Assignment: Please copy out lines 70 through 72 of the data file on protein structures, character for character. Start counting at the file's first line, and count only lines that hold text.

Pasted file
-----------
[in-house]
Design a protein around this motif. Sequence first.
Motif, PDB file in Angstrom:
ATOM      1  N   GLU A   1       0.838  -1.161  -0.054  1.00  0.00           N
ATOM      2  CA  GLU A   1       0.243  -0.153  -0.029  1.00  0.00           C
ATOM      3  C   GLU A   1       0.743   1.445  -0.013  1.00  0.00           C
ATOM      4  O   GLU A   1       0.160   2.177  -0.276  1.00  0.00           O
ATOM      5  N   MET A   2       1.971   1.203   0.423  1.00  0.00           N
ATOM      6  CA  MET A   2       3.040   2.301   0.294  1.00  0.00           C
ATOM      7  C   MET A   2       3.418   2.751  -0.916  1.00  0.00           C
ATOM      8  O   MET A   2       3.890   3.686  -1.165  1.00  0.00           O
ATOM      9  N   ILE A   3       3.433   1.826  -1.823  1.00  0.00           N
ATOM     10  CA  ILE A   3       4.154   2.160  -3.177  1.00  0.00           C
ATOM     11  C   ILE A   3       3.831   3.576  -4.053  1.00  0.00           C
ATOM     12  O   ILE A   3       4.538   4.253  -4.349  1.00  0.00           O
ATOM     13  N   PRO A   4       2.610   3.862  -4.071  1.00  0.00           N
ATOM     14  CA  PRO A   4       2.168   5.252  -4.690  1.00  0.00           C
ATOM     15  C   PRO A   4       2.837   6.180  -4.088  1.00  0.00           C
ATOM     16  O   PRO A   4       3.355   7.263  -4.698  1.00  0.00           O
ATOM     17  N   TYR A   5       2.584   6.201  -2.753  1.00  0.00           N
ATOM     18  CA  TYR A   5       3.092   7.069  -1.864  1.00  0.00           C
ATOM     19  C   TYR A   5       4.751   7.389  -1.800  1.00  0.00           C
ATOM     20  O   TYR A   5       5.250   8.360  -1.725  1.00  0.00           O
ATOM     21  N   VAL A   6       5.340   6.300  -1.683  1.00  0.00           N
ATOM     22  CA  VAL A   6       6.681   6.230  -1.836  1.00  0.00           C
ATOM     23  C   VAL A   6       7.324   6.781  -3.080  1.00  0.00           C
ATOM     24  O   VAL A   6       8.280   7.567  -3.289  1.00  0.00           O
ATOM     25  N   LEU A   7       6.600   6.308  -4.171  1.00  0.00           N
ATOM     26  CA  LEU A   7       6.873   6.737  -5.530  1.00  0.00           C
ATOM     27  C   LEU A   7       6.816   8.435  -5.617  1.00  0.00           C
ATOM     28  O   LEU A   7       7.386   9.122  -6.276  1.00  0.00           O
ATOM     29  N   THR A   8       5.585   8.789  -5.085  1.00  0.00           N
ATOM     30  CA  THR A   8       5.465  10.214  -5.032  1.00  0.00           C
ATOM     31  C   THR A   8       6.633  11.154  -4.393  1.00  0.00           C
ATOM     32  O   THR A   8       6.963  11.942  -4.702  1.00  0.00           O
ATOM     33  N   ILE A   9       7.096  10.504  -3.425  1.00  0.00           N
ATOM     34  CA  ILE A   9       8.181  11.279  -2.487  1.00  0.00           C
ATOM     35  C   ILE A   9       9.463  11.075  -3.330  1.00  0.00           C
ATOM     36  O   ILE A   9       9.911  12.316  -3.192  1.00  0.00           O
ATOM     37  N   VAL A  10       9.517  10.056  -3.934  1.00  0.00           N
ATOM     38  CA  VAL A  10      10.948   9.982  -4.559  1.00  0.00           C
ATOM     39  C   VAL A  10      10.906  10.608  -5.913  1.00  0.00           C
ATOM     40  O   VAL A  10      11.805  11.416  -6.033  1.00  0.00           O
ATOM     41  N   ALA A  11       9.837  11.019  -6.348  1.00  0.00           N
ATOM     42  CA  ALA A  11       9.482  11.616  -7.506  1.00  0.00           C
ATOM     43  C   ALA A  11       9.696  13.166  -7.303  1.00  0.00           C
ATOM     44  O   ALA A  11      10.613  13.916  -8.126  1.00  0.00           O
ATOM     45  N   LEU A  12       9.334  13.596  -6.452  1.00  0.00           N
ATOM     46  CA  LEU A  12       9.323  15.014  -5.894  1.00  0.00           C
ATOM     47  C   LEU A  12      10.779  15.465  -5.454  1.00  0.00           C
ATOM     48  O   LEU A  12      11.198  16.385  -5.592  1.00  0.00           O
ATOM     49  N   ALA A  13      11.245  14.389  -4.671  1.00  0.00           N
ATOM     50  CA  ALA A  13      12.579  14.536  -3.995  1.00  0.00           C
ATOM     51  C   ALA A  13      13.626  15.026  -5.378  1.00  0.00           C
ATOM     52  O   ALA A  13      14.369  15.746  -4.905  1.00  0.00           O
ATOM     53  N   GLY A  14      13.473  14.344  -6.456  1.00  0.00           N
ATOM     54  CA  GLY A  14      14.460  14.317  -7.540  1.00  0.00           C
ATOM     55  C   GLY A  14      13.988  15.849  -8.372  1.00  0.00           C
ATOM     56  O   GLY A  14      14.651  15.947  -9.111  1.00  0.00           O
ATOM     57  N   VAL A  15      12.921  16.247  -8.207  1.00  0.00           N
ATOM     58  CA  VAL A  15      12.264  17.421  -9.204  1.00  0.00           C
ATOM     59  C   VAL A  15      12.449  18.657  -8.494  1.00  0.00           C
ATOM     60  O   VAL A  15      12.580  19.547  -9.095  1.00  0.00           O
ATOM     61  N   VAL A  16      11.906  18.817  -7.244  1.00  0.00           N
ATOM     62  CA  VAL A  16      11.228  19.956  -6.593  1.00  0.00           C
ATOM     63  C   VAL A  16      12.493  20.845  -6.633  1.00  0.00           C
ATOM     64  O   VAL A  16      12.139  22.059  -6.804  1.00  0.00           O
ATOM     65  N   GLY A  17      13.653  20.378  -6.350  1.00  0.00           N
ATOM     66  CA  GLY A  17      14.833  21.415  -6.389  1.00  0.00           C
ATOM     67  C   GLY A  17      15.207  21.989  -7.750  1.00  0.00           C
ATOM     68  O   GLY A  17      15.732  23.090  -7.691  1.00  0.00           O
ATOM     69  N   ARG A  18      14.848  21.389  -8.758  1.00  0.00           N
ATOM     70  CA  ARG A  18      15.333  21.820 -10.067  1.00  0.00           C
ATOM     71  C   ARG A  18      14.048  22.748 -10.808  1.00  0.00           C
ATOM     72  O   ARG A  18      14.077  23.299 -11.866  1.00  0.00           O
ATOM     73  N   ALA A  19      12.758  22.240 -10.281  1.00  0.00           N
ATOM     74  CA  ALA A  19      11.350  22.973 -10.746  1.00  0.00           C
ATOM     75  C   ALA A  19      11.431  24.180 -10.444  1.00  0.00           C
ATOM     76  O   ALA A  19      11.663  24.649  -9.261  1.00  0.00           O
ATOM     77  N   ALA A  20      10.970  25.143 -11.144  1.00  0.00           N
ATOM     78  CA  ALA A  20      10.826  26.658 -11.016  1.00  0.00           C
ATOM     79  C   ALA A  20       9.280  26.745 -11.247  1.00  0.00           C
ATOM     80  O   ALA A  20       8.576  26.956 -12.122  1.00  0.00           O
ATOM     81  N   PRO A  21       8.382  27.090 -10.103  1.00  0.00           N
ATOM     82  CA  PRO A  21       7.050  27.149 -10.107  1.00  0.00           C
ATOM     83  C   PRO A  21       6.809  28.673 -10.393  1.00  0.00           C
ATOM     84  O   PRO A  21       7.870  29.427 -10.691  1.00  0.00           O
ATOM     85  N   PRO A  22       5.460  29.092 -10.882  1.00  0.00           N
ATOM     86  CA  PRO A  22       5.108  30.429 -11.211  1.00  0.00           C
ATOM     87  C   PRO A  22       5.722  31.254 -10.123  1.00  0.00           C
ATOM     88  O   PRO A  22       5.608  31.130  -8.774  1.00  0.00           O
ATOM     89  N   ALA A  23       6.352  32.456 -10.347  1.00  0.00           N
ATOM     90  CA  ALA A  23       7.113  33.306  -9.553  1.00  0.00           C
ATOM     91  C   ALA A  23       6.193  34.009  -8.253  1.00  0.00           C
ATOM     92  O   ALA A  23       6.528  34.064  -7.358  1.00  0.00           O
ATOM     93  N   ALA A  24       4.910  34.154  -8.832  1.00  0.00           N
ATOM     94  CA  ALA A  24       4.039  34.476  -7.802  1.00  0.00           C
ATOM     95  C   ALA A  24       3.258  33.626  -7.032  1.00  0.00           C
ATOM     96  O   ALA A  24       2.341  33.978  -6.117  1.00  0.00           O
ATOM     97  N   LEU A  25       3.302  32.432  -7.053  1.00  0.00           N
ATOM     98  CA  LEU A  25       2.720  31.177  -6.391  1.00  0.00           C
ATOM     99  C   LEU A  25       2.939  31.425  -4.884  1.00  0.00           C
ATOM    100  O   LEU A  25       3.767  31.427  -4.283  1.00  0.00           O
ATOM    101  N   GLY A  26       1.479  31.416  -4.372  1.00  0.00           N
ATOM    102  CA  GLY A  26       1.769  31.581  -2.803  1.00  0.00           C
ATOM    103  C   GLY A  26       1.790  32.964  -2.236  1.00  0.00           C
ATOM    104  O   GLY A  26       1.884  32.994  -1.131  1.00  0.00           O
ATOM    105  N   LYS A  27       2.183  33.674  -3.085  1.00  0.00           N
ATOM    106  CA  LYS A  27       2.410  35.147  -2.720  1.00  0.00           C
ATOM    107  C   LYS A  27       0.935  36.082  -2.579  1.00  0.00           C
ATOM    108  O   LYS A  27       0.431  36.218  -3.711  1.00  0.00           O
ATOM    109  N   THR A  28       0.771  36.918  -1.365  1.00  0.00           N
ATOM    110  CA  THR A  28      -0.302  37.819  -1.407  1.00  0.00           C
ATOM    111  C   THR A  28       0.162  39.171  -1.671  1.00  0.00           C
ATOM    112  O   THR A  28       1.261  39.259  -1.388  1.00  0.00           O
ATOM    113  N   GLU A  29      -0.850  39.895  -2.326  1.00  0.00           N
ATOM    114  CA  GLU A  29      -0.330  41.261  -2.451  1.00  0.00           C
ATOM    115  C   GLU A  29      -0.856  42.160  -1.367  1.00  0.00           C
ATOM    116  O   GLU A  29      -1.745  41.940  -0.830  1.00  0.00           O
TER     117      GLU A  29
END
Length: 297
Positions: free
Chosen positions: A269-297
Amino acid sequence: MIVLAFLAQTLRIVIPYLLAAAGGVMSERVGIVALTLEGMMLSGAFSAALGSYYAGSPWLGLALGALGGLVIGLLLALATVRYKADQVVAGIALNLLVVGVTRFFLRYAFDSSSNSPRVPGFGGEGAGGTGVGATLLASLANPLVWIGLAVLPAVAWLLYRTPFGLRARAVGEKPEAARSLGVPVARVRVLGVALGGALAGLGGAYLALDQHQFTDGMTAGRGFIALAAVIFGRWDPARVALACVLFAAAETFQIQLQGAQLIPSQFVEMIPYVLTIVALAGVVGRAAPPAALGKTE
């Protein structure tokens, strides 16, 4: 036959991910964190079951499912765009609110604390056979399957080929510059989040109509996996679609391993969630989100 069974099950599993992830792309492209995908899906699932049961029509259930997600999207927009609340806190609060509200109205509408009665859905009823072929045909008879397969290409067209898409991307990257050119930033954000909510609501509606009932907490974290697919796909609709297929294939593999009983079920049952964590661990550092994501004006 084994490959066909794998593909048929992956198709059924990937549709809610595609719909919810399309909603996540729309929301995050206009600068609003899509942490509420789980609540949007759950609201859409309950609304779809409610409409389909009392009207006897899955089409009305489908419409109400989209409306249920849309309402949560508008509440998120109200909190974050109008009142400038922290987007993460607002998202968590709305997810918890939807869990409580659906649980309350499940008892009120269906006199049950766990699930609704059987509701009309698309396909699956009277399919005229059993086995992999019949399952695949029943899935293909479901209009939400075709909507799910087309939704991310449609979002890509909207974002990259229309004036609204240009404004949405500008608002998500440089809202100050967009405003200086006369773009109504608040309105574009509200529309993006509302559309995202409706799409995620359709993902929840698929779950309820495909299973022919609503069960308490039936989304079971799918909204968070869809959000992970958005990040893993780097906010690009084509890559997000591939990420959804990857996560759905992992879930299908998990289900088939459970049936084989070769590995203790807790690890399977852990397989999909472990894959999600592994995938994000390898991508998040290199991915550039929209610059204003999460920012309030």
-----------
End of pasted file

ATOM     67  C   GLY A  17      15.207  21.989  -7.750  1.00  0.00           C
ATOM     68  O   GLY A  17      15.732  23.090  -7.691  1.00  0.00           O
ATOM     69  N   ARG A  18      14.848  21.389  -8.758  1.00  0.00           N